Giorgio was founded by the very non-Italian George White, left, an equally natty dresser who wore his hair polished back and took frequent trips to Europe to stock up on ideas of what the local women would want. Nearby, Rodeo Drive was a slightly fancier Main Street, U.S.A., with a gas station, a popular watering hole called the Luau and a few mom-and-pop shops.
On his first day, Hayman and his wife Barbara arrived early. While Hayman went for one of the cigarettes placed on the counter, White stood by, and Barbara jumped in to help a customer. It's tempting to imagine that, just maybe, as he hooked his thumbs into his lapels, he could see the future to a time when he and his third wife, Gale, would develop a scent that would revolutionize the fragrance industry and help turn this sleepy neighborhood into one of the world's toniest shopping areas thanks, in part, to this little nothing of a shop.
It was a steady transformation that began when Hayman bought out his partners, brought in a new buyer and started selling clothes his own way. There was wine and vodka, served gratis, and Hayman on hand to chat up the customers without the hard sell. His Hilton clients — Janet Leigh, Debbie Reynolds, Frank Sinatra — became Giorgio regulars. Lucille Ball would hang out, letting her pet monkey have a Coke while she perused the silk scarves. The 600-square-foot space grew into a 10,000-square-foot destination along Rodeo, declaring its presence with white-and-yellow striped awnings, a bartender and a personal valet who delivered customers' packages in a silver Rolls. It so inspired Judith Krantz that she set her bestseller "Scruples" here.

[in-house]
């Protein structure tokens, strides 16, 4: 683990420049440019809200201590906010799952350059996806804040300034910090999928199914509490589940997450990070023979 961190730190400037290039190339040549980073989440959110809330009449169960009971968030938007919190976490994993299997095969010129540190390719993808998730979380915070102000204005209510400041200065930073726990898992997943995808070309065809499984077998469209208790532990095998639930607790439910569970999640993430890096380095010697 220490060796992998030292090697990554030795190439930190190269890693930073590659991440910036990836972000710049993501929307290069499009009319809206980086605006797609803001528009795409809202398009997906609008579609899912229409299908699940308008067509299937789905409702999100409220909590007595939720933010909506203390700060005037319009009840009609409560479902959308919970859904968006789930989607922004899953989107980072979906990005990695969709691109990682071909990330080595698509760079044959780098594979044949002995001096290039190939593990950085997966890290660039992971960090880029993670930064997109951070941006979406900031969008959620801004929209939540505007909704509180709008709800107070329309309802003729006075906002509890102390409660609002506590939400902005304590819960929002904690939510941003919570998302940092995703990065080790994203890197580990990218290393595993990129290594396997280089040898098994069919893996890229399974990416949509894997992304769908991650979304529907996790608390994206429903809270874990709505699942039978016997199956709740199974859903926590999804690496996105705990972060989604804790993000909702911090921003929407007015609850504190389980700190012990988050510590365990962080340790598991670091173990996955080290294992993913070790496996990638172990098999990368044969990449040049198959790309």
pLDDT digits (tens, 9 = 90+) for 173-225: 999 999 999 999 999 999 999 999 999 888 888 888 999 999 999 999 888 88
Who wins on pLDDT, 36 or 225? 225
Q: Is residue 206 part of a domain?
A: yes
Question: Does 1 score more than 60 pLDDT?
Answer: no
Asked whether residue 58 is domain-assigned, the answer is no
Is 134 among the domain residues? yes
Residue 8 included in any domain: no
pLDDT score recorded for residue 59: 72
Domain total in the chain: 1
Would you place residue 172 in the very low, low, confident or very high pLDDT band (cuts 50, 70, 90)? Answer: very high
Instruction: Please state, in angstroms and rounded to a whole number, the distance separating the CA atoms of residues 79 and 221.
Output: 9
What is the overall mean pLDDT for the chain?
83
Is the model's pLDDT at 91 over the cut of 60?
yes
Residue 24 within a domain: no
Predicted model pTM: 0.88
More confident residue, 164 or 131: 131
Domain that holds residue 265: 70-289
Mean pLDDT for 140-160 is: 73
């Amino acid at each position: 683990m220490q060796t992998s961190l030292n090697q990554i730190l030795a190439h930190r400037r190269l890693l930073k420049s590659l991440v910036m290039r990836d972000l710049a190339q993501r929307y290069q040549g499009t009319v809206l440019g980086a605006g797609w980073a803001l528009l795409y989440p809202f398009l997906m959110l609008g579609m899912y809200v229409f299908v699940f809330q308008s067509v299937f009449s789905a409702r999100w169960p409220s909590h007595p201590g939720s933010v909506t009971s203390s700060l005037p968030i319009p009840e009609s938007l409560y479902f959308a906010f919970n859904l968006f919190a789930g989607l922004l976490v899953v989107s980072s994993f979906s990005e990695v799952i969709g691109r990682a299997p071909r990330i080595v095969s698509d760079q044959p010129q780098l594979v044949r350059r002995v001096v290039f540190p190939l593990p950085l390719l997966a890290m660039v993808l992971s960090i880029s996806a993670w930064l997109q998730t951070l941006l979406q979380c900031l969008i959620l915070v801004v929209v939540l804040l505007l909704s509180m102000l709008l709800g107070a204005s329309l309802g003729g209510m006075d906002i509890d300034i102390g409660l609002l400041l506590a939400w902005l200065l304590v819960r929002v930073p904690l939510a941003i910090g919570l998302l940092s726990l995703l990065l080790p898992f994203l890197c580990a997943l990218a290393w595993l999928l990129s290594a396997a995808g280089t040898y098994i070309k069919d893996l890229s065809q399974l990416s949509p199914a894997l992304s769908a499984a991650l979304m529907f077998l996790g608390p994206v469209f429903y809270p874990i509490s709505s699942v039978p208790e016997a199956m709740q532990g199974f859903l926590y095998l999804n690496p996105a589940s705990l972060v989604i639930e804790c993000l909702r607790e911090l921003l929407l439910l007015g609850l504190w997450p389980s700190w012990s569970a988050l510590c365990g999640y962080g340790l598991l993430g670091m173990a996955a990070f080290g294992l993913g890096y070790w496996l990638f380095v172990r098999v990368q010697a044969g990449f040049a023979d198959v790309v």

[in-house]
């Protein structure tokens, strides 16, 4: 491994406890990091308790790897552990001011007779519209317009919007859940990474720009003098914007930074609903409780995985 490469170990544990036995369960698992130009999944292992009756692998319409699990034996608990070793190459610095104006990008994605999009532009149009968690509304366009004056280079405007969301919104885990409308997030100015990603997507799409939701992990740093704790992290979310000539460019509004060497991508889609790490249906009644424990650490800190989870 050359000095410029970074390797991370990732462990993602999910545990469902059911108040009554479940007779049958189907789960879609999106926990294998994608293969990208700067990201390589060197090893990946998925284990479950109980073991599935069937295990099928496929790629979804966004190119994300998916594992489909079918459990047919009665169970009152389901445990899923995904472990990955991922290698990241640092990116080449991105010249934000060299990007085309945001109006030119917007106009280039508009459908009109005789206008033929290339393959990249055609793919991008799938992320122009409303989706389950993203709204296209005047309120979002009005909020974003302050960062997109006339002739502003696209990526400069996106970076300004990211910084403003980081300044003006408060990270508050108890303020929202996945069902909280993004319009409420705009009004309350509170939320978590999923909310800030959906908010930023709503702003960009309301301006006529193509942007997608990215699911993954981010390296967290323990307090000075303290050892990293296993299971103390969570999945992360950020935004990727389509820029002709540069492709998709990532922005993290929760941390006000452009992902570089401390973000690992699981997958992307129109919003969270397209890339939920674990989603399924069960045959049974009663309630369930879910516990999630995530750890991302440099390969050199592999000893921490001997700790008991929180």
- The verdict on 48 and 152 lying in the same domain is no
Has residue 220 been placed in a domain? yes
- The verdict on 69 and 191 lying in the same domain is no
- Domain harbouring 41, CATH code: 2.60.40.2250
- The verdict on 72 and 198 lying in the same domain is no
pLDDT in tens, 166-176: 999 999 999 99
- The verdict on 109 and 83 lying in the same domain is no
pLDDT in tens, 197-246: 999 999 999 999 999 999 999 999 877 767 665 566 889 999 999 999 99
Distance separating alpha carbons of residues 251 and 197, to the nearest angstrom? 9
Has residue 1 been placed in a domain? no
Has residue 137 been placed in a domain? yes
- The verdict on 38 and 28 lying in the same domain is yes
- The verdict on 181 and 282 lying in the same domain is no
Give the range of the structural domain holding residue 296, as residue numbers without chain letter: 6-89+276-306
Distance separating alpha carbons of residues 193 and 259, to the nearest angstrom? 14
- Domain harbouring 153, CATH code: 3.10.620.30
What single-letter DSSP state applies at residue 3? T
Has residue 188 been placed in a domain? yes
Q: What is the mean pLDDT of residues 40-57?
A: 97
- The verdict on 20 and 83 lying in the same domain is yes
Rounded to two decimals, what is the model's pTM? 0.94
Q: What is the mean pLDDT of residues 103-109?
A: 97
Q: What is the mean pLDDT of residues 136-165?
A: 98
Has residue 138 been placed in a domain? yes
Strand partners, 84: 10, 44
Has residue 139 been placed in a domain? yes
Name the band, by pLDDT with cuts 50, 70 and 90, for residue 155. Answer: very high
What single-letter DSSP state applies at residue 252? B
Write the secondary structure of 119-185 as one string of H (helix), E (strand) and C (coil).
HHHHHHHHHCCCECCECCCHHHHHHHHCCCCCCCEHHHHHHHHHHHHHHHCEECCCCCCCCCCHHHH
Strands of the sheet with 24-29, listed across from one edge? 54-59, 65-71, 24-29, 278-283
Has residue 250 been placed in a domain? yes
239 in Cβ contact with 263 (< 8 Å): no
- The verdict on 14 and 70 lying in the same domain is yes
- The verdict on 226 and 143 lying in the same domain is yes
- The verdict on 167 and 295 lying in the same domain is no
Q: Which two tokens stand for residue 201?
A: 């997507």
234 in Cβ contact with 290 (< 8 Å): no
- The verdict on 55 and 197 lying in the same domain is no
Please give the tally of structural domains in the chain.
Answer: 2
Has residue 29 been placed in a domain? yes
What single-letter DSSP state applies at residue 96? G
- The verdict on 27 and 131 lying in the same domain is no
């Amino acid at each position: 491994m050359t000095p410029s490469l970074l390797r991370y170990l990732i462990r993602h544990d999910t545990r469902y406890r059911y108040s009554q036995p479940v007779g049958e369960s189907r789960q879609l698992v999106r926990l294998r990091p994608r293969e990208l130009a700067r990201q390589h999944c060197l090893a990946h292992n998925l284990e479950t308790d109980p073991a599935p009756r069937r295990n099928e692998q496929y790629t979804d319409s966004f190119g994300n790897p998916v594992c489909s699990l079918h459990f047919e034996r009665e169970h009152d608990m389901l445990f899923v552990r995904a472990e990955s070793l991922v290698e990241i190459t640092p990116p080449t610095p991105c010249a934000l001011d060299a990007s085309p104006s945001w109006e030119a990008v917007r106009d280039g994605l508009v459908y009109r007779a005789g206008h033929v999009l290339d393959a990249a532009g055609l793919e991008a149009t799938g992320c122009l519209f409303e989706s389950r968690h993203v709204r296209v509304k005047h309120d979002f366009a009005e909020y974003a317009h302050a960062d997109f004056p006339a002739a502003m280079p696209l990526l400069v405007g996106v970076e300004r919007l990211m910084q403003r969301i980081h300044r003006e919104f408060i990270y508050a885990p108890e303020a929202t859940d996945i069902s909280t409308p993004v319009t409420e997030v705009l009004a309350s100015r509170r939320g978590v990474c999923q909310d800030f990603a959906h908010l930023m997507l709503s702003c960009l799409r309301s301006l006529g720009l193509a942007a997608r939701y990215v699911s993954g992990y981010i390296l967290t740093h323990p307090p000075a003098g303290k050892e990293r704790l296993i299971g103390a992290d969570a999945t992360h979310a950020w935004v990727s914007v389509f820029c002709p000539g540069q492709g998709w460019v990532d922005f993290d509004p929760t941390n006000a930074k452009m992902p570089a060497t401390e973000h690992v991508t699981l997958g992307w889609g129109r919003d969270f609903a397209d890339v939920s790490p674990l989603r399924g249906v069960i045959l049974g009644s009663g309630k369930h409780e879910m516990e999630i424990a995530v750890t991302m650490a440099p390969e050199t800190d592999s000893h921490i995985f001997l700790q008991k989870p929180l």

"I wasn't that interested in hanging out in the store at first," Hayman says, a surprising admission considering his presence became a fixture at Giorgio Beverly Hills and along the shopping district he loved and championed. Hayman shuttered his store in 1998 (no fool, he leases it to Louis Vuitton), and Beverly Hills will honor the dapper shopkeeper on May 28, his 83rd birthday, with a black-tie street gala, right in front of the old front door where it all started.